The match between England and Sri Lanka at Cardiff is the first of a series of three. It is scheduled for five days. The fourth day’s play has just finished, but with a gloomy forecast for tomorrow it looks as if at least half of that time will have been lost to the unsettled weather, which has also continually altered the dynamics of the surface and the atmosphere on and through which the game is played.
Rain on days three and four has prevented the wicket from drying out and producing the interesting and result-inducing surface which might have been possible, depriving one of the best spinners in the world, Swann, and one who may be the most radical in method, Mendes, of fascinating conditions in which to weave their magic.
Nor has the interest in this match been generated by the batting of the three centurions one of whom, Trott, compiled a double century.
No, the only talking point surrounds one man who scored just three runs in an innings that lasted but a few minutes.
After waiting as ‘next man in’ for 251 runs and about 24 hours, Kevin Pietersen walked to the wicket to be confronted by his Nemesis, a the left arm spinner in the person of Rangana Herath, who until Pietersen’s arrival had been bowling the defensive line from over the wicket, but who immediately changed to the attacking line bowled from around the wicket.
It is likely that Fate shielded Pietersen from Nemesis until his 34th Test when Daniel Vettori, first exposed Pietersen’s Achilles Heel. Since then he has been out to this type of bowler over twenty times in sixty innings.
Pietersen came to the fore as a highly unorthodox batsman. Open-stanced and therefore open hipped, wide gaited, he used an exaggerated ‘trigger’ which took him well across to the off and, with the huge reach that his height and gait gave him, he commanded the bowling from outside the line of the off-stump where he could either smoother the ball defensively, ‘slap’ it through the covers if wide enough or smack it through the on-side, standing up-right on a straight front leg with the back leg off the ground to provide balance through the cantilever rather than through the orthodox manner of grounding it.
With this technique and his considerable self-confidence he tamed the mighty Warne in one of the great cricketing and Ashes winning innings at the Oval in 2005.
There is an established caution against playing ‘against’ the spin and therefore the advice to the right hander is to manage the ball ‘in’ to ‘out’ through the off side.
Pietersen could defy this advice because of his huge height – he is 6 foot 4 inches – and the forward reach he can achieve quickly from his wide gait. This enables him to strike the turning ball early on the half volley or the full. To cope, the bowler is persuaded to shorten his length giving Pietersen the scope to play back and strike the ball at its zenith.
To watch Daniel Vettori bowl may be to take a journey back a hundred years to glimpse Charlie Blythe. Once Vettori had done the psychological damage that Warne could not achieve, others less gifted forced their way through Pietersen’s brittle confidence. See ball, hit ball became see ball … turmoil.
Turning to Dravid, Pietersen was advised to adopt the ‘in’ to ‘out’ approach of an orthodox batsman. The ‘trigger’ was changed as well as the tactics. Yesterday the shrewd Vaughan advised a straightening of the hip alignment in tribute to the classical approach to the sideways game. It would work, but at a price.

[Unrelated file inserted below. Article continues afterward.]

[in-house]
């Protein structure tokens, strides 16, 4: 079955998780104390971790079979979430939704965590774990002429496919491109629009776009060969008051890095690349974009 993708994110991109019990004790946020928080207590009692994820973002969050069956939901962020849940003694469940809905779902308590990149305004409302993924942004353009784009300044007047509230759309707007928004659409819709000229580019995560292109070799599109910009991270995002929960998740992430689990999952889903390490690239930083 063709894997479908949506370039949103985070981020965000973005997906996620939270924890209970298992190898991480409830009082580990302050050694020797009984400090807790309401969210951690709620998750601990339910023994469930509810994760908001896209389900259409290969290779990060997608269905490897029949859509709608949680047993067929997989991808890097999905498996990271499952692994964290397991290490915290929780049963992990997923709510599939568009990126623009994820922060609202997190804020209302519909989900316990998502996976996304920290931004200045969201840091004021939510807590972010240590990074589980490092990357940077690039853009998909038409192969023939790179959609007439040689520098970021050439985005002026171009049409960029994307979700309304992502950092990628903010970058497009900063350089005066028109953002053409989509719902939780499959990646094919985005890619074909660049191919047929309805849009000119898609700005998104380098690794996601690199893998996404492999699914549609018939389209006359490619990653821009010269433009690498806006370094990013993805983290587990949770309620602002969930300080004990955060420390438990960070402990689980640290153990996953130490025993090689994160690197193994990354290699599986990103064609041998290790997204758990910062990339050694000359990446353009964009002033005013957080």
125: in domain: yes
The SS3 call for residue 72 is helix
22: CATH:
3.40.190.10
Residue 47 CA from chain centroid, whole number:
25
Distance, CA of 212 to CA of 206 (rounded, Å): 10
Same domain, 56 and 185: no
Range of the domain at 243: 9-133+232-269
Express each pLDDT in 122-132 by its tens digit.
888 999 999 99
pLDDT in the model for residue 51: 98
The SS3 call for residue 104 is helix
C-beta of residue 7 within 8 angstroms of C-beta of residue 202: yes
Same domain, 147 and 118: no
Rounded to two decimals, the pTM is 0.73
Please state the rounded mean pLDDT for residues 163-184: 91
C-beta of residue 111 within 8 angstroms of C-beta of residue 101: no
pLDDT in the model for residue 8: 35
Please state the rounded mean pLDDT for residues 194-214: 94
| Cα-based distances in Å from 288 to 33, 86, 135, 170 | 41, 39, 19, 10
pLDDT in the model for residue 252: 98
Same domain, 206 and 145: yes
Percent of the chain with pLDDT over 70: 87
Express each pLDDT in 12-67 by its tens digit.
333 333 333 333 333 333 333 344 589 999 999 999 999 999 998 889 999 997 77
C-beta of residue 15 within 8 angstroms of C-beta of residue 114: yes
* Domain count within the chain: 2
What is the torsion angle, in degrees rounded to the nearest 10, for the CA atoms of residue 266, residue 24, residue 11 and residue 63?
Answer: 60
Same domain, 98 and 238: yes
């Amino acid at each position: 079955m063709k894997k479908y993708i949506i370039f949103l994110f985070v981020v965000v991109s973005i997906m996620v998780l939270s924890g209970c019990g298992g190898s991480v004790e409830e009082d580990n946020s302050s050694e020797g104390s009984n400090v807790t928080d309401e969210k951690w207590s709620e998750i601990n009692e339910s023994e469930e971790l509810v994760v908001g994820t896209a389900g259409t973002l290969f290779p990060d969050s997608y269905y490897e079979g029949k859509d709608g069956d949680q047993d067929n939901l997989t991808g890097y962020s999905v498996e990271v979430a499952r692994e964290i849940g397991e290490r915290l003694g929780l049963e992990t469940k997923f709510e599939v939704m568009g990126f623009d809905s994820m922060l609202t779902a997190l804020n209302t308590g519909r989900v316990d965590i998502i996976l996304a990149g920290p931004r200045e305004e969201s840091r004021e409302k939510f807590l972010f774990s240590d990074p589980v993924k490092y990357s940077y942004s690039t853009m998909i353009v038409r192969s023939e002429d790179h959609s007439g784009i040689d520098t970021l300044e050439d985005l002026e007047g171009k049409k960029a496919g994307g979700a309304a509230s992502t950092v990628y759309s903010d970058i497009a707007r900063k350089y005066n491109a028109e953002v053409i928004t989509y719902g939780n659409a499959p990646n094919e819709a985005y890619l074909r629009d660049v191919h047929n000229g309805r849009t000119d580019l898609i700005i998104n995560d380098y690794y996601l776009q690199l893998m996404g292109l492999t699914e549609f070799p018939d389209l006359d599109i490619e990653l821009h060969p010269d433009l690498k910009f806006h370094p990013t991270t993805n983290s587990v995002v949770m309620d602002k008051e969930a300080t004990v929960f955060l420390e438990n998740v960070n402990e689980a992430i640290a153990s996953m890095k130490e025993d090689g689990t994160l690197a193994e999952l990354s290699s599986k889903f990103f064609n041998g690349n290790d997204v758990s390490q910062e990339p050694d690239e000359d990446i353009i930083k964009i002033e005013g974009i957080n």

On the other hand, Third Man has consistently urged this most treasured of individuals to rediscover his revolutionary talent of the romantic.
The bowler, knowing that his best ball can disappear through or over cow corner, is pressured into widening his line of attack, where Pietersen’s ‘slap’ will propel the ball through the covers, or into shortening his length so that Pietersen can press back onto the back foot where the horizontal bat tears the ball from its airy perch.
Yesterday on a pitch which was producing the odd shooter he just went back (towards the wicket and towards leg) and looked like a beginner. Genius and ineptitude sleep side by side in this man.
Meanwhile at World’s End the Squire has caught the coach into Town. A meeting at the Star and Garter has been called. “That cove Pietersen! Won’t sleep in me own bed tonight, Third Man.”
Pietersen was ajudged LBW after being given not out on field by an umpire who thought that the ball had been struck by the bat.
A combination of heat seeking technology and a replay from square of the wicket on the off side detected that the ball had first glanced the batsman’s pad before being struck by the bat.
He was given out under the terms of Law 36(1), Out LBW which sets out the conditions for a batsmen to be given out leg before wicket including (c) the ball not having previously touched his bat, the striker intercepts the ball, either full pitch or after pitching, with any part of his person, and clarified by Law 36 (2) In assessing points (c), (d) and (e) in 1 above, only the first interception is to be considered.
But ‘interception’ denotes ‘the obstruction of someone or something so as to prevent them from continuing to a destination’.
The glance off the pad in this case did not or would not have prevented the ball from hitting the stumps – the destination. It was minimal and the ball would have continued on to hit the stumps had the bat not literally intercepted it.
Plenty to consider in Pall Mall tonight.